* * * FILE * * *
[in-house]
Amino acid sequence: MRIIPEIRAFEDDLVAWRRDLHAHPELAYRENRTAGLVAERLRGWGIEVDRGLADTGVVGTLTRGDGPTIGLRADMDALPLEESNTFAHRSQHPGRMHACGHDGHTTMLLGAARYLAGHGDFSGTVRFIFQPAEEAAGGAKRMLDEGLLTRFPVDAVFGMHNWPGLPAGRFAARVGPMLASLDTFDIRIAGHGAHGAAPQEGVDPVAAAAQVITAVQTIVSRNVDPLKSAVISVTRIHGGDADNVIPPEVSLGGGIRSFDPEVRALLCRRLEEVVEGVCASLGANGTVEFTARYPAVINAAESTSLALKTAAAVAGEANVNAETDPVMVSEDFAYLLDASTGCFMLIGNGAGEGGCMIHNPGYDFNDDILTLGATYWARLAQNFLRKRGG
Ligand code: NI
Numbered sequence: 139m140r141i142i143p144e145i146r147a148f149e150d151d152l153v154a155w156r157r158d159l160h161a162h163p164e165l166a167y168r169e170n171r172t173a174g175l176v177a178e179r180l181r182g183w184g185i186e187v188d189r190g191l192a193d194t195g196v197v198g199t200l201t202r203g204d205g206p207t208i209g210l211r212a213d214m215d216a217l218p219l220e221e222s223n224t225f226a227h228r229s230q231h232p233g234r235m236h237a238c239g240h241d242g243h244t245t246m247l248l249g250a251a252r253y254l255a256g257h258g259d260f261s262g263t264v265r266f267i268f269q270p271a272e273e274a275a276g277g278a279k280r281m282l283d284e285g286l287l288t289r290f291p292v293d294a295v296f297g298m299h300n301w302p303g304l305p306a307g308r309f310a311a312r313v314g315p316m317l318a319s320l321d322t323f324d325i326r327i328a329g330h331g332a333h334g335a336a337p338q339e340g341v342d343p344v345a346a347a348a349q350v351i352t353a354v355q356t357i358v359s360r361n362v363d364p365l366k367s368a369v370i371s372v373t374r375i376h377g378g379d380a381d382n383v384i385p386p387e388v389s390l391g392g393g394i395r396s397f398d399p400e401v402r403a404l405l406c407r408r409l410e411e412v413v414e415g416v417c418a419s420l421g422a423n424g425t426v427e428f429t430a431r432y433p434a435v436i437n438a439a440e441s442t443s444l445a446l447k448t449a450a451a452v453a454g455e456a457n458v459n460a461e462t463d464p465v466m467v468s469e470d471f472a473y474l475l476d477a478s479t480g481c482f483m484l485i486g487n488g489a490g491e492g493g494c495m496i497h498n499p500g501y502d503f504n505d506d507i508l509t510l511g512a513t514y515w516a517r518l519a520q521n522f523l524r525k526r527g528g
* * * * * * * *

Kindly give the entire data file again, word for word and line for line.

[in-house]
Amino acid sequence: MRIIPEIRAFEDDLVAWRRDLHAHPELAYRENRTAGLVAERLRGWGIEVDRGLADTGVVGTLTRGDGPTIGLRADMDALPLEESNTFAHRSQHPGRMHACGHDGHTTMLLGAARYLAGHGDFSGTVRFIFQPAEEAAGGAKRMLDEGLLTRFPVDAVFGMHNWPGLPAGRFAARVGPMLASLDTFDIRIAGHGAHGAAPQEGVDPVAAAAQVITAVQTIVSRNVDPLKSAVISVTRIHGGDADNVIPPEVSLGGGIRSFDPEVRALLCRRLEEVVEGVCASLGANGTVEFTARYPAVINAAESTSLALKTAAAVAGEANVNAETDPVMVSEDFAYLLDASTGCFMLIGNGAGEGGCMIHNPGYDFNDDILTLGATYWARLAQNFLRKRGG
Ligand code: NI
Numbered sequence: 139m140r141i142i143p144e145i146r147a148f149e150d151d152l153v154a155w156r157r158d159l160h161a162h163p164e165l166a167y168r169e170n171r172t173a174g175l176v177a178e179r180l181r182g183w184g185i186e187v188d189r190g191l192a193d194t195g196v197v198g199t200l201t202r203g204d205g206p207t208i209g210l211r212a213d214m215d216a217l218p219l220e221e222s223n224t225f226a227h228r229s230q231h232p233g234r235m236h237a238c239g240h241d242g243h244t245t246m247l248l249g250a251a252r253y254l255a256g257h258g259d260f261s262g263t264v265r266f267i268f269q270p271a272e273e274a275a276g277g278a279k280r281m282l283d284e285g286l287l288t289r290f291p292v293d294a295v296f297g298m299h300n301w302p303g304l305p306a307g308r309f310a311a312r313v314g315p316m317l318a319s320l321d322t323f324d325i326r327i328a329g330h331g332a333h334g335a336a337p338q339e340g341v342d343p344v345a346a347a348a349q350v351i352t353a354v355q356t357i358v359s360r361n362v363d364p365l366k367s368a369v370i371s372v373t374r375i376h377g378g379d380a381d382n383v384i385p386p387e388v389s390l391g392g393g394i395r396s397f398d399p400e401v402r403a404l405l406c407r408r409l410e411e412v413v414e415g416v417c418a419s420l421g422a423n424g425t426v427e428f429t430a431r432y433p434a435v436i437n438a439a440e441s442t443s444l445a446l447k448t449a450a451a452v453a454g455e456a457n458v459n460a461e462t463d464p465v466m467v468s469e470d471f472a473y474l475l476d477a478s479t480g481c482f483m484l485i486g487n488g489a490g491e492g493g494c495m496i497h498n499p500g501y502d503f504n505d506d507i508l509t510l511g512a513t514y515w516a517r518l519a520q521n522f523l524r525k526r527g528g